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Awareness in dealing with people suffering from sensory loss.

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Introduction

Transfer-Encoding: chunked Introductory awareness of sensory loss. (Task 1) Understand the factors that impact on an individual with sensory los and steps that can be taken to overcome these. * Describe how a range of factors have a negative and positive impact on individuals with sensory loss. (1.1) * Identify steps that can be taken to overcome factors that have a negative impact on individuals with sensory loss. (1.2) * Explain how individuals with sensory loss can be disabled by attitudes and beliefs. (1.3) * Identify steps that could be taken to overcome disabling attitudes and beliefs. (1.4) (Task 2) Understand the importance of effective communication for individuals with sensory loss. * Outline what needs to be considered when communicating with individuals with: * Sight loss * Hearing loss * Deaf blindness. (2.1) * Describe how effective communication may have a positive impact on the lives of individuals with sensory loss. (2.2) * Explain how information can be made accessible to individuals with sensory loss. (2.3) (Task 3) Know the main causes and conditions of sensory loss. * Outline the main causes of sensory loss. (3.1) * Explain the difference between congenital and acquired sensory loss. (3.2) * State what percentage of the general population is likely to have sensory loss. (3.3) (Task 4) Know how to recognise when an individual may be experiencing sight and/or hearing loss. * Outline the indicators and signs of: * Sight loss * Hearing loss * Deaf blindness. (4.1) * Explain where additional advice and support can be sourced in relation to sensory loss. (4.2) (Task 5) ...read more.

Middle

It should never be a question of which belief is right versus wrong. Your mindset and your ways of thinking either help you, or hold you back. Your beliefs become your reality. Whether your belief is a way of thinking that will help you achieve your goals or not, you will always find evidence to support your belief, and to have it become your reality. Overcoming limiting beliefs requires that you identify all of them first! As stated in 1.3 disabling attitudes and beliefs can have a significant impact on individuals who have sensory loss. Overcoming disabling attitudes and beliefs involves: * Getting to know individuals who have sensory loss * Listening to the views of individuals who have sensory loss * Respecting that all individuals who have a sensory loss are unique * Seeing an individual who has a sensory loss first and foremost as a person * Being open about what individuals who have a sensory loss can do * Not making assumptions about individuals who have sensory loss * Not engaging in discriminatory behavior * Not engaging in disabling attitudes * Not engaging in disabling beliefs * Not seeing individuals who have sensory loss as all the same You can overcome disabling attitudes and beliefs in sensory loss by challenging discrimination immediately. You can also get involved in social activities that promote positive attitudes. Disabling attitudes ? Steps to be taken: Try and make a person see, by explaining verbally and showing them how an individual with a sensory loss will be affected in many ways in their normal day-to-day life, compared to how they live day-to-day with their senses. ...read more.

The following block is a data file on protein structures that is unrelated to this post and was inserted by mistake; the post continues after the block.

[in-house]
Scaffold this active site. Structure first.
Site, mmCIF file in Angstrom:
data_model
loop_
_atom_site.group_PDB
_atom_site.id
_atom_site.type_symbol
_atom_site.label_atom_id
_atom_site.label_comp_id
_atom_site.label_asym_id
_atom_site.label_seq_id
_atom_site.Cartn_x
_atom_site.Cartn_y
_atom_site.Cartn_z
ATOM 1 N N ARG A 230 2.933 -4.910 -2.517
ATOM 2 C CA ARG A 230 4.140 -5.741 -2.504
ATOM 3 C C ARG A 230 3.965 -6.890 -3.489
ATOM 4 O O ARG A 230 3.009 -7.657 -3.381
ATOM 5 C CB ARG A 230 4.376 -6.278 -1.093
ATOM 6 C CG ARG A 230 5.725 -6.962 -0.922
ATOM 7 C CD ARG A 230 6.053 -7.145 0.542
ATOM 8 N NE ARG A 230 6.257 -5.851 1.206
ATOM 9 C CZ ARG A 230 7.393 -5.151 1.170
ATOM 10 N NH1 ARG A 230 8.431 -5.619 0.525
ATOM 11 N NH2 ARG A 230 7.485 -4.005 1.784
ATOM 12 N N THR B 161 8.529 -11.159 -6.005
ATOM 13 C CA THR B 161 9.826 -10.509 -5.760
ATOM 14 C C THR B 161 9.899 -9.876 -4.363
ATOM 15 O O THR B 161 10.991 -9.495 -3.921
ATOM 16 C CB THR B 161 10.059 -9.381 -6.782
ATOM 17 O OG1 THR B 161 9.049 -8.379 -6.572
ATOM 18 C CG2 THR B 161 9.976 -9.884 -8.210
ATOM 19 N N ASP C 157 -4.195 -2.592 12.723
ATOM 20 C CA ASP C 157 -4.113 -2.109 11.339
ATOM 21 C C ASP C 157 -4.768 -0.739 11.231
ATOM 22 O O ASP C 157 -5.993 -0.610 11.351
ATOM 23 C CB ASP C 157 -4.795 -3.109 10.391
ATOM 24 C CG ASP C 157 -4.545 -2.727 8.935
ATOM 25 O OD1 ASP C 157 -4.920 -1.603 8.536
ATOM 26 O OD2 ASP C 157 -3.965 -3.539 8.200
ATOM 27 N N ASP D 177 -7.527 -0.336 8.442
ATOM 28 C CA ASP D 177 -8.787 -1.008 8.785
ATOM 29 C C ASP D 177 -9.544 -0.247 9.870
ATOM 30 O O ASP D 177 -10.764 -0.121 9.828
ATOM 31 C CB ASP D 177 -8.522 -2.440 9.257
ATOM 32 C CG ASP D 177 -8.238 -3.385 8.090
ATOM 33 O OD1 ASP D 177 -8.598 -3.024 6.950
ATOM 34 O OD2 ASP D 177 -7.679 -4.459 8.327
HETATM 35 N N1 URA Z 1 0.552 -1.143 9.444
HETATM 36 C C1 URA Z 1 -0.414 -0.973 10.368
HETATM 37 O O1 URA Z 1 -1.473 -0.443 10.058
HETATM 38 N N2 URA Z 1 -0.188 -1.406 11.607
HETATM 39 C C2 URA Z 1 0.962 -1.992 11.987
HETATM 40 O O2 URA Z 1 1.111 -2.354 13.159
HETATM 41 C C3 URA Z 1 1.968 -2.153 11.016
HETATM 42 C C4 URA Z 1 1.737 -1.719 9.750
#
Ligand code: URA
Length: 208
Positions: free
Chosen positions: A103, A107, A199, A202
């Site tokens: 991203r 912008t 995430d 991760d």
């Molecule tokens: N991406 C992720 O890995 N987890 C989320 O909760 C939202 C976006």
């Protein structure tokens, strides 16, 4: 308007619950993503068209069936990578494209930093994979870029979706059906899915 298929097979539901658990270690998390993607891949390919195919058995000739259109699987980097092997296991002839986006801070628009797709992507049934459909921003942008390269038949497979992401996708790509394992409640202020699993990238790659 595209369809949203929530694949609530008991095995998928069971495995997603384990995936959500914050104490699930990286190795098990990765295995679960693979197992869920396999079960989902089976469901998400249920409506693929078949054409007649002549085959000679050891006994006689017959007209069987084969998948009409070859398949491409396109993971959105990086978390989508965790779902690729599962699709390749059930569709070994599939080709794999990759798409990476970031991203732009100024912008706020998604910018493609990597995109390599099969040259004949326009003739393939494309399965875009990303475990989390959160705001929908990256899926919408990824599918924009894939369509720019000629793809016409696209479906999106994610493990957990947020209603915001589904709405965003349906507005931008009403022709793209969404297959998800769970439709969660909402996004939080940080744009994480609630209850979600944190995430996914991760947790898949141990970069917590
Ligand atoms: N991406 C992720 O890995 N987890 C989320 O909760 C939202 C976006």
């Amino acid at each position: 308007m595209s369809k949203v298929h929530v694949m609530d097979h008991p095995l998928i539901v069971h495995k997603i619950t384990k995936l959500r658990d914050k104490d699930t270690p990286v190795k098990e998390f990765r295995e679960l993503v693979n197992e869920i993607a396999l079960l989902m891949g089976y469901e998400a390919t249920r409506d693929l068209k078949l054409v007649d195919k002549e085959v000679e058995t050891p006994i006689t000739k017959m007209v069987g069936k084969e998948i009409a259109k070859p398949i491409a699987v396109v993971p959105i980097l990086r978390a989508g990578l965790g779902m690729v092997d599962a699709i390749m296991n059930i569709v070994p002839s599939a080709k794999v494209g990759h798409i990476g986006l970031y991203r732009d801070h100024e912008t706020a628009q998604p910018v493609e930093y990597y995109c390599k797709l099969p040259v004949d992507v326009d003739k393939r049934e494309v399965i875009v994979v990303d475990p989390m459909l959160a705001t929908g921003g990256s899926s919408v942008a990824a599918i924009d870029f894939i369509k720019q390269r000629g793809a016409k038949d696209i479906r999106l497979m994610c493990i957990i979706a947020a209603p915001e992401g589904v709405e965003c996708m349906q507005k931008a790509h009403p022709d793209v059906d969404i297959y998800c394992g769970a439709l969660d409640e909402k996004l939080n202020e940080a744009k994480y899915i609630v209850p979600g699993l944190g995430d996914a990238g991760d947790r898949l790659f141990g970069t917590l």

Conclusion

Ask the person what will make communication effective and do that. Make sure any equipment, including hearing aids, is switched on and working. Good light is important; face the light so that your full face can be seen. Avoid background noise; turn it off or move somewhere quieter. Clear speech: speak clearly, speak a little more slowly than usual, but keep the natural rhythm of speech. Speak a little louder, but don?t shout as this will distort your voice and lip patterns. Try to make your lip patterns clear, but don?t over ? exaggerate. Keep your face visible. Don?t smoke, eat, chew gum or cover your mouth with your hand. Focus on the person you are talking to. If you are using an interpreter, always talk directly to the deaf person, not the interpreter. Help the other person to understand: Make the subject clear from the start and if you change the subject, make sure the person knows. Use gestures and facial expression to support what you are saying if necessary, repeat phrases. If this doesn?t work, try re-phrasing the whole sentence. Some words are easier to lip-read than others don?t hurry, take your time be ready to write things down. Be aware that the effort of concentration on communicating can be hard work and cannot be maintained for long periods of time. Be-aware that if a person is smiling and nodding it doesn?t necessarily mean they have understood you. Other ways to communicate if a person can no longer understand speech there are other ways to communicate. Some of these take time to learn. Learning a new communication can be challenging. ...read more.

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